The number of aviation fatalities recorded in Australia nearly doubled in 2017 to 40, with half of those deaths occurring in general aviation operations and none in either high-capacity or low-capacity regular public transport (RPT), the Australian Transport Safety Bureau (ATSB) says (Figure 1).1
High-capacity RPT operations are those conducted in an aircraft certified as having more than 38 seats or a maximum payload capability of more than 4,200 kg (9,259 lb). Low-capacity RPT operations are those conducted in an aircraft with 38 seats or fewer or a maximum payload capability of 4,200 kg or less.
In its annual Aviation Occurrence Statistics, the ATSB reviewed data from 2008 through 2017, aiming “to provide an insight into the current and possible future trends in aviation safety.”
Looking only at 2017, the ATSB found that 196 aircraft were involved in accidents in Australia, 203 were involved in serious incidents — defined by the ATSB as incidents with a high probability of an accident — and 5,790 were involved in incidents (Figure 1). By comparison, in 2016, there were 229 accidents, 291 serious incidents and 5,419 incidents.
The 40 fatalities in 2017 exceeded the average number of fatalities recorded for the previous nine years — 33. The total number of annual occurrences generally increased over the 10-year period, although there was a slight decrease after the peak in 2013.
The number of occurrences reported annually increased for recreational aviation flights as well as medical transport, remotely piloted aircraft systems, aerial work, flying training, survey and photography, sports aviation, and search and rescue, the ATSB said. Decreases were recorded for occurrences involving charter operations and general aviation.
The absence of fatalities in high- and low-capacity RPT operations extended a stretch of fatality-free years that began in 1975 for high-capacity RPT operations and in 2010 for low-capacity RPT flights. Of 2017’s 40 fatalities, 14 were associated with commercial air transport crashes — a category that includes high- and low-capacity RPT operations, charter flights and medical transport flights. Twenty-one of the 40 fatalities resulted from general aviation accidents and five from recreational aviation activity, the ATSB said.
ATSB data showed that aircraft control problems were the most frequently cited type of accident or serious incident involving air transport operations, followed by collisions with terrain. For general aviation, recreational aviation and remotely piloted aircraft, the most common type of accident or serious incident was terrain collision.
Bird strikes and other wildlife strikes were the most common type of incident for both commercial air transport and general aviation operations, the report said; for recreational aviation, runway events and aircraft control incidents were most common.
Looking at data for 2008 through 2017, the ATSB found that activity for commercial air transport operations has been relatively stable throughout the period (Figure 2). High-capacity RPT operations, which accounted for about 72 percent of total air transport hours in 2016, increased steadily through 2016 and declined in 2017. Complete data for all operation types in 2017 were not available.
Figure 3 shows a fatal accident rate of 0.8 per million hours flown for all air transport aircraft, and an accident rate of 10.9 per million hours for the 2008–2017 period. The 0.0 fatal accident rate for high capacity RPT operations was matched by the 2008–2016 rate for medical transport flights; total accident rates were 1.7 per million flight hours for high-capacity RPT and 8.5 per million hours for medical transport operations.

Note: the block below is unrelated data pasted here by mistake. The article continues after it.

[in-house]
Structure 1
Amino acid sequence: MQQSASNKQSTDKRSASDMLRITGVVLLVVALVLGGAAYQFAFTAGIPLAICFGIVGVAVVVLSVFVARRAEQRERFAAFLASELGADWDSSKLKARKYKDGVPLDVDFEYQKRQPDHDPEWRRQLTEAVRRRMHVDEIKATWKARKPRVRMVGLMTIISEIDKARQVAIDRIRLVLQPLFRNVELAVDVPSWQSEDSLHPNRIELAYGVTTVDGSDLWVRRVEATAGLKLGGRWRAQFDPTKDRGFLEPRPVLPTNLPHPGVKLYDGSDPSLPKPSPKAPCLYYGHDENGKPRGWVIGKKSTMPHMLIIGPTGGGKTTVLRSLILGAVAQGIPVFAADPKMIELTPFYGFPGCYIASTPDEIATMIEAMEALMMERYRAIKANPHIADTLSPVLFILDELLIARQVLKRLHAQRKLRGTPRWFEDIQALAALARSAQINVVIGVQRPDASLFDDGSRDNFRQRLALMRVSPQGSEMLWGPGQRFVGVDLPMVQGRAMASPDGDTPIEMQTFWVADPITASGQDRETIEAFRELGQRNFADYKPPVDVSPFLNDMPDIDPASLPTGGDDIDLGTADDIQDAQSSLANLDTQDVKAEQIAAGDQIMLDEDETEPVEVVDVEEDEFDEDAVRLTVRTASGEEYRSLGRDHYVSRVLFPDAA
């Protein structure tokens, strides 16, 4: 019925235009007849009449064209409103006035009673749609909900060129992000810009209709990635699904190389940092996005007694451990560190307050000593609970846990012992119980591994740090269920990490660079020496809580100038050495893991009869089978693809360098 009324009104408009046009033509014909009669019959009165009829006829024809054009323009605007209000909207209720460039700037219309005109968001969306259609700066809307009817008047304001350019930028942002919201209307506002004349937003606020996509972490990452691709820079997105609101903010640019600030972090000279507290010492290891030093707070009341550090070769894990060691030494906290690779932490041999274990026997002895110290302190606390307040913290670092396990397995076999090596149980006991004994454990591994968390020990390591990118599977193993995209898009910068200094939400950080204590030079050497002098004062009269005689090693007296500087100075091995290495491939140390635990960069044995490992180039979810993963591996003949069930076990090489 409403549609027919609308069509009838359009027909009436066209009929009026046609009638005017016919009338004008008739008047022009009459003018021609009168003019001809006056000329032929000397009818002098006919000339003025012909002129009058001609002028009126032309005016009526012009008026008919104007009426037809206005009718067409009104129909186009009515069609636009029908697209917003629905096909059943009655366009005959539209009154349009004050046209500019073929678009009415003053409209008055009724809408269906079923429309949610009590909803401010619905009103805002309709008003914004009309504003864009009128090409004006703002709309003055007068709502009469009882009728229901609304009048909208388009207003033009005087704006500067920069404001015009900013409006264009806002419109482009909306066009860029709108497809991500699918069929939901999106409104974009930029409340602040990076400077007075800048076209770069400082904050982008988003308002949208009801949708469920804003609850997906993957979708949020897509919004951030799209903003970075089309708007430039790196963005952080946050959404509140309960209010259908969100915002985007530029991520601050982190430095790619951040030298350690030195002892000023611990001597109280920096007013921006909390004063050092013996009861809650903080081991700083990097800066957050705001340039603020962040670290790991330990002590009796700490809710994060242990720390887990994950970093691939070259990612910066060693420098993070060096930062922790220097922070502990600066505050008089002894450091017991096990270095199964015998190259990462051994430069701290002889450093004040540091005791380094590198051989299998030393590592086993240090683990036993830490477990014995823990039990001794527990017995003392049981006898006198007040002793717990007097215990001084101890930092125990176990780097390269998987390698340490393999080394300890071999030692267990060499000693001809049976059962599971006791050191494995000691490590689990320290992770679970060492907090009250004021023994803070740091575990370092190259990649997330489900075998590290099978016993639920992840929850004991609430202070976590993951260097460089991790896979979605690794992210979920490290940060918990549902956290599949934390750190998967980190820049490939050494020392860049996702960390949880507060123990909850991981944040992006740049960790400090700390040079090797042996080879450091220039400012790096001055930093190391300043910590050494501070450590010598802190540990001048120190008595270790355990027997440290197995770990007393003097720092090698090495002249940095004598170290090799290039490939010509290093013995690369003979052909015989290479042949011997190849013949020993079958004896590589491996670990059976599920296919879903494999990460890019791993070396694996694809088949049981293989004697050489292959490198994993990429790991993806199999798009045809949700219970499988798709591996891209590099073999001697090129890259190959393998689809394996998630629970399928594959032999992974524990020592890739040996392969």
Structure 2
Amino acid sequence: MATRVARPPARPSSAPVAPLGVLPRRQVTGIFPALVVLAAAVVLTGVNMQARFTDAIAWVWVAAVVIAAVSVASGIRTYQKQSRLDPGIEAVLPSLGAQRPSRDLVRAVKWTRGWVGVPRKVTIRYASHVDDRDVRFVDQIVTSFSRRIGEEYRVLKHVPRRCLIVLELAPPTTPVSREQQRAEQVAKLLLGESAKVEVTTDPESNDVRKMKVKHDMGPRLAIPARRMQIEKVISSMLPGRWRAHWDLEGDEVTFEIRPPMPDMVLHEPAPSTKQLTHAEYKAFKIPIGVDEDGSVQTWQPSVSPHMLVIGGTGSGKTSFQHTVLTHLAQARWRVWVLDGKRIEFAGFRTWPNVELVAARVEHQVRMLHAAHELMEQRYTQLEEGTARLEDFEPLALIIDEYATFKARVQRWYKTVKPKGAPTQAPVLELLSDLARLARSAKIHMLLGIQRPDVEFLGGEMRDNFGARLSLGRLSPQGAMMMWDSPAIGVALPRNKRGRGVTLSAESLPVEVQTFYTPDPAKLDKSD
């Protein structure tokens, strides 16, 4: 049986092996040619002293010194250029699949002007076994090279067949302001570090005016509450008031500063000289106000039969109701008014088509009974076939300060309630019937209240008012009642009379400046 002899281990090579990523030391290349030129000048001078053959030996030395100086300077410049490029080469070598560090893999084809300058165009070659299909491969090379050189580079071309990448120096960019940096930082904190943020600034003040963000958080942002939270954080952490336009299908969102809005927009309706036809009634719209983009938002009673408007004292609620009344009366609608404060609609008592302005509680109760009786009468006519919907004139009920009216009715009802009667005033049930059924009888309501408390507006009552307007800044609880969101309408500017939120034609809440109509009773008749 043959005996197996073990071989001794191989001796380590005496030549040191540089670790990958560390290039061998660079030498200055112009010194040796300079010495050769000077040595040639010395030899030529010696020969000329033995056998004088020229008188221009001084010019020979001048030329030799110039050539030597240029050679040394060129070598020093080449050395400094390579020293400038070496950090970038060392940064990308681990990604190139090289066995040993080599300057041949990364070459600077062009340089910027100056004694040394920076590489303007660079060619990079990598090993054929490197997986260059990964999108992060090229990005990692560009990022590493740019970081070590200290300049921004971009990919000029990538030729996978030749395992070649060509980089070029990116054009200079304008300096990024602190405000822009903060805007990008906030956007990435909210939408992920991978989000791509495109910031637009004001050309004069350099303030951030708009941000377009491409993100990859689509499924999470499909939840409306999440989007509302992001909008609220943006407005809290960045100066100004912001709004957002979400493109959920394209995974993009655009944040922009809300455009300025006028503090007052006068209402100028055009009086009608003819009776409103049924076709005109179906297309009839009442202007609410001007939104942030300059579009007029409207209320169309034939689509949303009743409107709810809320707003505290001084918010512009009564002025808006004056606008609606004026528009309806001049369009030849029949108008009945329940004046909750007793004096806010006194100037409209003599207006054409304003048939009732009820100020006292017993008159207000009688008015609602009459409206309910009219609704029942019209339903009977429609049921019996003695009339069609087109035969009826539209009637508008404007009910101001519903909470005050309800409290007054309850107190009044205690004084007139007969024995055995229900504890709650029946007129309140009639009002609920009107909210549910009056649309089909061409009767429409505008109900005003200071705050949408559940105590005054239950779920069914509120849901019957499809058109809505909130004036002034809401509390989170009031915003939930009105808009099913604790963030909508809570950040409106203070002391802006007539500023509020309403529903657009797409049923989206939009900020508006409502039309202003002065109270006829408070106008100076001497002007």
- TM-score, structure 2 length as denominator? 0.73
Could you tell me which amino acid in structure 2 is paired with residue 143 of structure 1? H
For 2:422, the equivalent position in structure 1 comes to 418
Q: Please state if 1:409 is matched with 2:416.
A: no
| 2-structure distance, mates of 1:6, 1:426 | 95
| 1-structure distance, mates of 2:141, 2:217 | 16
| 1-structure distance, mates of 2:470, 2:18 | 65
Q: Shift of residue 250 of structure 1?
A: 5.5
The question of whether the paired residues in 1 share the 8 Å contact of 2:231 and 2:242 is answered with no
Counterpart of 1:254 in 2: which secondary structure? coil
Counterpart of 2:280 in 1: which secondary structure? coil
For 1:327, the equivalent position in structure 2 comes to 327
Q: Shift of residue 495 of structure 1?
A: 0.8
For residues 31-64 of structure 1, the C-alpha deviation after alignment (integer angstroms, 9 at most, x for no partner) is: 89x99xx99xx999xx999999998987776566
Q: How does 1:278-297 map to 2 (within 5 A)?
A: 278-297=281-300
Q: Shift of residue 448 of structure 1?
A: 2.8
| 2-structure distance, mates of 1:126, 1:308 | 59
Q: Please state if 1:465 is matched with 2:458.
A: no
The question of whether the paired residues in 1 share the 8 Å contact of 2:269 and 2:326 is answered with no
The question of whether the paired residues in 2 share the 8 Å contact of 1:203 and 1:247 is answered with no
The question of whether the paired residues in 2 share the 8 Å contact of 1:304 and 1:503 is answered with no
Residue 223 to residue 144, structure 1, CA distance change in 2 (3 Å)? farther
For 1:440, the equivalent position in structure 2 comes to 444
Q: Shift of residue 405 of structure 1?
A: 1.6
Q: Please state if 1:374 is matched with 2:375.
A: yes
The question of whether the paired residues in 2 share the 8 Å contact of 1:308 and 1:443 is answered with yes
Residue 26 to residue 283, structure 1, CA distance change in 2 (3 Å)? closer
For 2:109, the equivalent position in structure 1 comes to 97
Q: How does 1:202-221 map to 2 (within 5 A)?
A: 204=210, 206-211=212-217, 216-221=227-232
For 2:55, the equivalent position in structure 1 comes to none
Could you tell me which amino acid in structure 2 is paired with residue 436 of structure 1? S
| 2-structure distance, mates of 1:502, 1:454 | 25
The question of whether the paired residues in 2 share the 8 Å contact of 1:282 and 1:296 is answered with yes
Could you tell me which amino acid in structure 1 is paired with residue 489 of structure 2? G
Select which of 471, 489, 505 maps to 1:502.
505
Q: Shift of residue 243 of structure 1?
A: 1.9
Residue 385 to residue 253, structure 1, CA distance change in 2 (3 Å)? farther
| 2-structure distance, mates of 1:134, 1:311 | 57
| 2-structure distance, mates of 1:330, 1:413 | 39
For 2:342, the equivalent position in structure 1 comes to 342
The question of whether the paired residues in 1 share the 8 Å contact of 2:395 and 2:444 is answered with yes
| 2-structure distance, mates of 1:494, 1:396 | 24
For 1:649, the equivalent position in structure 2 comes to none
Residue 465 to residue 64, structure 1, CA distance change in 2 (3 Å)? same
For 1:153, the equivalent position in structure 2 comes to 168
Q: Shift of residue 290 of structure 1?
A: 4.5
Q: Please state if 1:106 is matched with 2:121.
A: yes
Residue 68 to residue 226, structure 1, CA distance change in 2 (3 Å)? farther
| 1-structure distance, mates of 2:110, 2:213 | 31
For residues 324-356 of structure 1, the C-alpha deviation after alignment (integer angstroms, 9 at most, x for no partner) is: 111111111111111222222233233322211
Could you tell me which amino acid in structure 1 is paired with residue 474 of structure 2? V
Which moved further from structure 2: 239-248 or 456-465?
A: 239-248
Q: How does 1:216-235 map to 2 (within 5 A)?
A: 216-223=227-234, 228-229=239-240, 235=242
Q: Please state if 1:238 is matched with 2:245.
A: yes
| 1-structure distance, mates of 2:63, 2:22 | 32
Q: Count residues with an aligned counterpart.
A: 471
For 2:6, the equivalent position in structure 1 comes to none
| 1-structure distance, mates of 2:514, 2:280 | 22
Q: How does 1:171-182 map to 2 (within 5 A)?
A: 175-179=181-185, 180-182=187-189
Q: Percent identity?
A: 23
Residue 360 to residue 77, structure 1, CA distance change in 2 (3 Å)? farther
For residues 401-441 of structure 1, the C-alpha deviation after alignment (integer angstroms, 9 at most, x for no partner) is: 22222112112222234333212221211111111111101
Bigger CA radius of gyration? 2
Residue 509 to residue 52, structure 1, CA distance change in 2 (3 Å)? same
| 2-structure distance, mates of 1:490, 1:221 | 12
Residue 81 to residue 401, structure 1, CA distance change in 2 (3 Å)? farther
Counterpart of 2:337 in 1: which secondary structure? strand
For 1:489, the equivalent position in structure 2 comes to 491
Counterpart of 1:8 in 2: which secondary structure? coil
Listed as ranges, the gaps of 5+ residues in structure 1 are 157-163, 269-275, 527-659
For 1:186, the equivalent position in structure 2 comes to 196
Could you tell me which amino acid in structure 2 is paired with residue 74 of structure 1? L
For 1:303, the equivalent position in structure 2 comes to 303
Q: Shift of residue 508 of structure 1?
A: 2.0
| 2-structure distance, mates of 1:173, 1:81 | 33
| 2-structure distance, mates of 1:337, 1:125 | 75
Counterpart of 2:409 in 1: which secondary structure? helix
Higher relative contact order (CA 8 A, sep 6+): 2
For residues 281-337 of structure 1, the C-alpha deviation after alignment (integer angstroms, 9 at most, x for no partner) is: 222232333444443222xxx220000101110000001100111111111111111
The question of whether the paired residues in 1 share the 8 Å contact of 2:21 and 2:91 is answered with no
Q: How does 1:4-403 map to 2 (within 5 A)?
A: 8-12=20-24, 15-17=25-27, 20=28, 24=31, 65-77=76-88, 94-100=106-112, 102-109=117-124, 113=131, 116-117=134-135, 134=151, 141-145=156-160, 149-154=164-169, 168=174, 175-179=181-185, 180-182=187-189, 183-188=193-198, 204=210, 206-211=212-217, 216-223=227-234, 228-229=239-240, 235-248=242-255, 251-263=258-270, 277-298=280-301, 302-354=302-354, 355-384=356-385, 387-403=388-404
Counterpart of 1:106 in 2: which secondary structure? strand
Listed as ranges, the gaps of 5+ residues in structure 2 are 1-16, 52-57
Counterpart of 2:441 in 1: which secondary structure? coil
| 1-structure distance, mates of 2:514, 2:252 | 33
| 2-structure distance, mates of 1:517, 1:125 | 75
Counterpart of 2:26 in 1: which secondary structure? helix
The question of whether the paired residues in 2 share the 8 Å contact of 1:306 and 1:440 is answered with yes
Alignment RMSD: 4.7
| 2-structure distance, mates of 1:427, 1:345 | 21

The data show a fatal accident rate of 0.8 per million hours flown for low-capacity RPT operations, and a total accident rate of 2.3 per million hours; and a fatal accident rate of 3.4 per million hours for charter operations, and a total accident rate of 39.8 per million flight hours.
Of all operation types, the highest fatal accident rate was the 30.1 per million flight hours recorded for gyrocopters, and the highest total accident rate was 300.6 per million flight hours, recorded for recreational airplanes.
Of five occurrence types recorded in Table 1, the most common were environment-related events — a broad category that included not only wildlife strikes, which numbered 13,980, but also weather events (3,426) and “interference with aircraft from ground” (182). In 2017 alone, data showed that there were 1,624 wildlife strikes, 354 weather events and 61 events attributed to interference from ground.
|ANSP = air navigation service provider; ATM = air traffic management; ATSB = Australian Transport Safety Bureau; RPA = remotely piloted aircraft (drones)
Source: ATSB aviation occurrence database
|ANSP operational error||536||107||137||30||70||77||957|
|Encounter with RPA||0||1||9||14||60||109||193|
|Interference with aircraft from ground||24||10||13||16||58||61||182|
|Crew and cabin safety||554||173||153||99||111||150||1,240|
|Fumes, smoke, fire||1,238||312||324||283||261||280||2,698|
|Ground proximity alerts/warnings||189||173||222||250||194||278||1,306|
Table 1 also included a category for “consequential events” — defined by the ATSB as events “that happen as the result of an occurrence; for example, forced and precautionary landings, emergency descents, rejected takeoffs, evacuations and fuel dumps to reduce landing weight.”
- ATSB. Aviation Research Report AR-2018-030, Aviation Occurrence Statistics, 2008 to 2017. Canberra, Australian Capital Territory, Australia. Dec. 21, 2018. https://www.atsb.gov.au/media/5775500/ar-2018-030-final.pdf